Recently found fossils in a cave in northern Laos may indicate that modern humans arrived in Southeast Asia over 80,000 years ago, tens of thousands of years earlier than previously believed.
Cave of Monkeys: An international research team led by Fabrice Demeter from the University of Copenhagen found bone fragments that are estimated to be between 68,000 and 86,000 years old in the cave, known as Tam Pà Ling (Lao for “Cave of Monkeys”).
The cave, situated in the Annamite Mountain range, has been the site of several modern human fossil discoveries since 2009, with previous fossils dating back between 46,000 and 70,000 years.
Published in Nature on June 13, the discovery pushes the timeline of Homo sapiens’ arrival in the region back by at least 18,000 years.
Finding evidence: According to Demeter, one of his colleagues first spotted a fragment of a human skull before later finding a piece of a human tibia, or shinbone, during a recent excavation. By utilizing radioactive isotopes to analyze the surrounding sediment, the researchers were able to estimate the age of the fossils.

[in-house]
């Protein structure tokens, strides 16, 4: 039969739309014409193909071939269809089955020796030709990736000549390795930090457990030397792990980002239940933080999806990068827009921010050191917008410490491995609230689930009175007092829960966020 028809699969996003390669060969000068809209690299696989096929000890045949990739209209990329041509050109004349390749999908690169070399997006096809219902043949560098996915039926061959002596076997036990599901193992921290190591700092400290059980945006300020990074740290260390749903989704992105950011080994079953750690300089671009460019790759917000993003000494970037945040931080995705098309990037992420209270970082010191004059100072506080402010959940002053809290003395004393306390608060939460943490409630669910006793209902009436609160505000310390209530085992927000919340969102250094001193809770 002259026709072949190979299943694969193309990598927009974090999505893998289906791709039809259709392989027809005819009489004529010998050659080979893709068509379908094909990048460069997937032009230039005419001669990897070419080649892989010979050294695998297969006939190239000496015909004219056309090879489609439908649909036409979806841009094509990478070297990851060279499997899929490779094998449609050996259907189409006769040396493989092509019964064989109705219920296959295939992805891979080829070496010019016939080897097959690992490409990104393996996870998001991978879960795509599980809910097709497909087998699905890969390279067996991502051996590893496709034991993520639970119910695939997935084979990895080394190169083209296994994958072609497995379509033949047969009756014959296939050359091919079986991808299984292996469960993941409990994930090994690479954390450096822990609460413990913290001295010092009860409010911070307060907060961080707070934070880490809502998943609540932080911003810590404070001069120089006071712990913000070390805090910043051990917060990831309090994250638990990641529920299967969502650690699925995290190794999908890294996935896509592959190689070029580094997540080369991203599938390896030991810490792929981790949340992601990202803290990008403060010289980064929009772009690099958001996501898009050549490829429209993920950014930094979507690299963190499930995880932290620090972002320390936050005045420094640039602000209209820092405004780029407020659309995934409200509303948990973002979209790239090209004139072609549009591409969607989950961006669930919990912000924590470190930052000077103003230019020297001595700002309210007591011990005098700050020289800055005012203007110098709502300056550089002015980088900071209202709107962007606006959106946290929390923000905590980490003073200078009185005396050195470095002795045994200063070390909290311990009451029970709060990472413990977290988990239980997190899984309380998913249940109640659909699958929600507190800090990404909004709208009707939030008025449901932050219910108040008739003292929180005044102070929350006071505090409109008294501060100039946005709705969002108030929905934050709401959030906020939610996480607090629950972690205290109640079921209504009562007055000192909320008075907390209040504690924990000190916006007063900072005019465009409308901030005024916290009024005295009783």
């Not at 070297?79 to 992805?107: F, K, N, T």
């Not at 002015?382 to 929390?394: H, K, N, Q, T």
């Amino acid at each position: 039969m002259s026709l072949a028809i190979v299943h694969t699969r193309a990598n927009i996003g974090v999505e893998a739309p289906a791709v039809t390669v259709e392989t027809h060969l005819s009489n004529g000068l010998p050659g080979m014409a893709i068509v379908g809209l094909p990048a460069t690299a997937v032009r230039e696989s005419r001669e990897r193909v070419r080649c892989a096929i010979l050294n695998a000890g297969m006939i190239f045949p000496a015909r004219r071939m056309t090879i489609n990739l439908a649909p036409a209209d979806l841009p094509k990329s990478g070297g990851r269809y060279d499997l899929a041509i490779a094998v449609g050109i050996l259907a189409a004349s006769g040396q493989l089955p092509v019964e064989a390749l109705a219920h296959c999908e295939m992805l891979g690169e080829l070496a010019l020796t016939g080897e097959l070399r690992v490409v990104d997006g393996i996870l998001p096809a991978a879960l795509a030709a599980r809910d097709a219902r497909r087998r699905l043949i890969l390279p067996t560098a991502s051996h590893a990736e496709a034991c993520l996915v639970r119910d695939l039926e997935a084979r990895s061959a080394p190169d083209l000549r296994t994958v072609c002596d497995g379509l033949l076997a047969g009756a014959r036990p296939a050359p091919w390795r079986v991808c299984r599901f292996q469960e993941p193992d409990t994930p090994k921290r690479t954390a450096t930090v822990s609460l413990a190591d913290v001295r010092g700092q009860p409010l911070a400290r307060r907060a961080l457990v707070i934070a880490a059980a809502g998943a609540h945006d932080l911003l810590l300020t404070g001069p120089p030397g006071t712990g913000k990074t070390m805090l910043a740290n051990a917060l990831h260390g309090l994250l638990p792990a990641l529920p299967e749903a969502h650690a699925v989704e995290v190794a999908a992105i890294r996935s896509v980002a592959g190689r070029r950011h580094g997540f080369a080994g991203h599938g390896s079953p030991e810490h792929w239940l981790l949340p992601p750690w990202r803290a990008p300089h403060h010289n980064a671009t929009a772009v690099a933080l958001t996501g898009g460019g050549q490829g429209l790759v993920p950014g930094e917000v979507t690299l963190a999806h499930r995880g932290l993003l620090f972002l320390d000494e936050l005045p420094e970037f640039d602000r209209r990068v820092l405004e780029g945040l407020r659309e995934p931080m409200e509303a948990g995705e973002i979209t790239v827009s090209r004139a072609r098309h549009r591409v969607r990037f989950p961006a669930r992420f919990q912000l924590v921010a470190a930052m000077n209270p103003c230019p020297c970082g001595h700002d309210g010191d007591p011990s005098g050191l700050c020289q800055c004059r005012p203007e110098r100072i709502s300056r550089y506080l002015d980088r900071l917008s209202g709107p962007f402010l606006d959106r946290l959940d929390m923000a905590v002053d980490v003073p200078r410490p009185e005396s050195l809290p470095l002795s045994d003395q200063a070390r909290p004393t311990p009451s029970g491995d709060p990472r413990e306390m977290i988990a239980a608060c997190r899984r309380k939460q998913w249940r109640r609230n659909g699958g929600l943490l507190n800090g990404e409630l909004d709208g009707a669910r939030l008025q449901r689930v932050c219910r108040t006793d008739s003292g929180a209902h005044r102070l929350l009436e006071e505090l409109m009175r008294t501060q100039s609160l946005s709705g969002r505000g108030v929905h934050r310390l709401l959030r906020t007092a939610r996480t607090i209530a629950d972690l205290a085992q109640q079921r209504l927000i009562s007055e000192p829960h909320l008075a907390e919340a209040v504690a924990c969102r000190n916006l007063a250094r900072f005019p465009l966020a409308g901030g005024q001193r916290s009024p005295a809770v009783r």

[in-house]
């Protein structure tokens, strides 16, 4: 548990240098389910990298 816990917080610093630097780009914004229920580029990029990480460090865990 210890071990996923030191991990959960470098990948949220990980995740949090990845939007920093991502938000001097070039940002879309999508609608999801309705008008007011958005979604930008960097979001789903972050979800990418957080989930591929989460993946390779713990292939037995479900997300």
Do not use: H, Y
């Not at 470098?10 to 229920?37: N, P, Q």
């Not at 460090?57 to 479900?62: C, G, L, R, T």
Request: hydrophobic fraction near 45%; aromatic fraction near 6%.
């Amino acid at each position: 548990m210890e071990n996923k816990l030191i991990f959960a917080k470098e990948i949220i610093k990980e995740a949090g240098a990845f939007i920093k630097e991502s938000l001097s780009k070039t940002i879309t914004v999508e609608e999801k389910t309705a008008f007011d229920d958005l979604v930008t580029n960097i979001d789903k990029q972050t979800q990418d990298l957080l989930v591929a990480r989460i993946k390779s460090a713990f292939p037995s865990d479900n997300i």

“This discovery is helping us better understand the distribution of our direct ancestors at a time when we know other populations of humans, now extinct, existed,” Filipino researcher Vito Hernandez said in a press release.
According to the geoarchaeologist, the findings challenge the prevailing notion that early humans primarily migrated along coastlines and islands.
Further research needed: While the analyses suggest that modern humans were part of an immigrant population, it remains to be determined whether their genetic lineage has survived in present-day populations.
Laura Shackelford from the University of Illinois Urbana-Champaign, another co-author of the study, noted to New Scientist that further research is needed to investigate the possible connections between the fossils found in Tam Pà Ling and the ancestors of Indigenous Australians, whose presence in Australia dates back much earlier than 50,000 years ago.